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9 questions with Roger Walker

From BlackWhite magazine - issue 07, over the rainbow

There are few architects in this world – and far fewer in our small corner of it – whose work is immediately identifiable, but the inimitable Roger Walker is one of them.

Roger Walker
Roger Walker

As a recipient of some of the nation’s highest honours, including the 1998 Queen's Birthday Honours, being appointed an Officer of the New Zealand Order of Merit for services to architecture, the 2016 New Zealand Institute of Architects' Gold Medal, multiple Resene Total Colour Awards and many other accolades, his more than 50 years at the drafting table haven’t gone unnoticed.

In honour of his latest Resene Total Colour Award win, which recognised the reinstatement of the original exterior colour scheme to his 1974 Park Mews development in Haitaitai, we chatted with Roger about memorable projects, mentoring young designers and what he likes about Resene.

What was your impression of New Zealand architecture when you started your career, and what’s your impression of it today? Has it evolved more or less than you hoped it would over the course of your career, and is there anything in particular that you wish was different?

“I grew up in the quarter acre Kiwi dream: a Hamilton brick and tile suburban environment. My brother and I became obsessed with things that had wheels. A deep psychiatric analysis of this suggests a metaphor of escape. At the end of my high school training, I was doing science and languages and hadn’t made up my mind in which vocational direction to go.

Roger Walker - Park Mews development

Roger was recognised with the Resene Total Colour Exterior Award for the recent refurbishment of his Park Mews development in Hataitai, which he also completed the original design for in 1974. Walls painted in Resene Lumbersider Low Sheen tinted to Resene Vista White, roof in Resene Cave Rock and Resene Red Oxide, projecting windows in Resene Buttercup, Resene Deluge and Resene Guardsman Red, select exterior joinery in Resene Enamacryl gloss tinted to Resene Buttercup and curved pipe exterior lights in Resene Enamacryl gloss tinted to Resene Black. Design and colour selection by Roger Walker. Build and painting by Campbell Homes. Images by Grant Sheehan.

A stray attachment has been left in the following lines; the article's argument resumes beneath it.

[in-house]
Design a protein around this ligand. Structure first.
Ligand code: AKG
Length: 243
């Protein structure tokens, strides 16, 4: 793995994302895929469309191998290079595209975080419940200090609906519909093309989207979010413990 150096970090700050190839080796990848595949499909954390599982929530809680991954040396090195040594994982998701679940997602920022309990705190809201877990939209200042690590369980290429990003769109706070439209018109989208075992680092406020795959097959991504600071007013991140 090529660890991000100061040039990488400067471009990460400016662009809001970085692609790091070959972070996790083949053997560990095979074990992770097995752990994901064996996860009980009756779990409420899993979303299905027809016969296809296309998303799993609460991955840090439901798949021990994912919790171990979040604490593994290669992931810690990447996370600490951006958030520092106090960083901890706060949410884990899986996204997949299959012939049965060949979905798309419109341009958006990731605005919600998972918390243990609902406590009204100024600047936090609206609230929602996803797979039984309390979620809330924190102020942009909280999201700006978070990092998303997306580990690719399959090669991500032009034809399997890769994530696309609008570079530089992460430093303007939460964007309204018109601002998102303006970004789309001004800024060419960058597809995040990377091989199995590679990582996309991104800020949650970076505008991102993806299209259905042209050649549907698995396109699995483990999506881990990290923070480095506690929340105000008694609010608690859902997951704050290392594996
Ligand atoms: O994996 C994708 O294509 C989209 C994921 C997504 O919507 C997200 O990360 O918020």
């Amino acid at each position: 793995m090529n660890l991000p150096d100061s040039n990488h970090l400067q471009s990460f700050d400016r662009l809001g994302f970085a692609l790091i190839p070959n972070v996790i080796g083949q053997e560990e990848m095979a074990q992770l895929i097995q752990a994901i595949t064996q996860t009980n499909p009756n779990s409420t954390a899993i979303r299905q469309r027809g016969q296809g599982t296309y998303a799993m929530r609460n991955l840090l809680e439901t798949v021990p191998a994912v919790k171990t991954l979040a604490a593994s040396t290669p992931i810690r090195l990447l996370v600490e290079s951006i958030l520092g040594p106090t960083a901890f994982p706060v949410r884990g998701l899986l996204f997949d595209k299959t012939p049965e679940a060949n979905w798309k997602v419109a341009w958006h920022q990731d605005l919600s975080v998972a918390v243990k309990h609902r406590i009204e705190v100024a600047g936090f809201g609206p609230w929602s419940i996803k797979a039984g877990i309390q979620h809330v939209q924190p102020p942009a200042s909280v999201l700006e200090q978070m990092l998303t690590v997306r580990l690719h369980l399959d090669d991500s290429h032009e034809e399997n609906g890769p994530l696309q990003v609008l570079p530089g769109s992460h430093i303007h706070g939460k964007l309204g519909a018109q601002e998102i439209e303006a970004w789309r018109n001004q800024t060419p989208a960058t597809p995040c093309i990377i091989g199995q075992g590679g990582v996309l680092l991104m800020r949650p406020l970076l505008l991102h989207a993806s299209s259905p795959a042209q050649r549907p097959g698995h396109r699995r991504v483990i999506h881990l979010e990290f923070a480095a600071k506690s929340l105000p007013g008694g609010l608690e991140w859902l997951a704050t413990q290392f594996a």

“Growing up in Hamilton, there were no friends or family that had anything to do with architecture. I wanted to be a car designer. A nice vocational guidance lady said I would have to leave the country to do that. But she had good news; I could stay in New Zealand and design buildings instead.

“Beginning the training in Auckland University was an absolute revelation. Interesting architecture in New Zealand in the early 70s, when I began, was generated mainly in Christchurch by the likes of Miles Warren and Peter Beavan, who not only produced great consistent designs but debated their philosophies (which, by the way, were not the same) in front of us fortunate students.

“We were also tutored by brilliant minds and now famous architectural creatives such as Richard Toy and Vernon Brown. On reflection, it was a huge advantage to me to be innocently ignorant and with no architectural roots. It meant buildings like the Park Mews in Hataitai were my own ideas rather than by way of any influence or prevailing design method. The regulatory environment in those days did not impede creativity. I have obviously acquired a lot of knowledge over the last 50 years, but that early creativity is now compromised by profligate regulations and consenting difficulties. The Park Mews could not be built today. There is far too much ‘box ticking’.”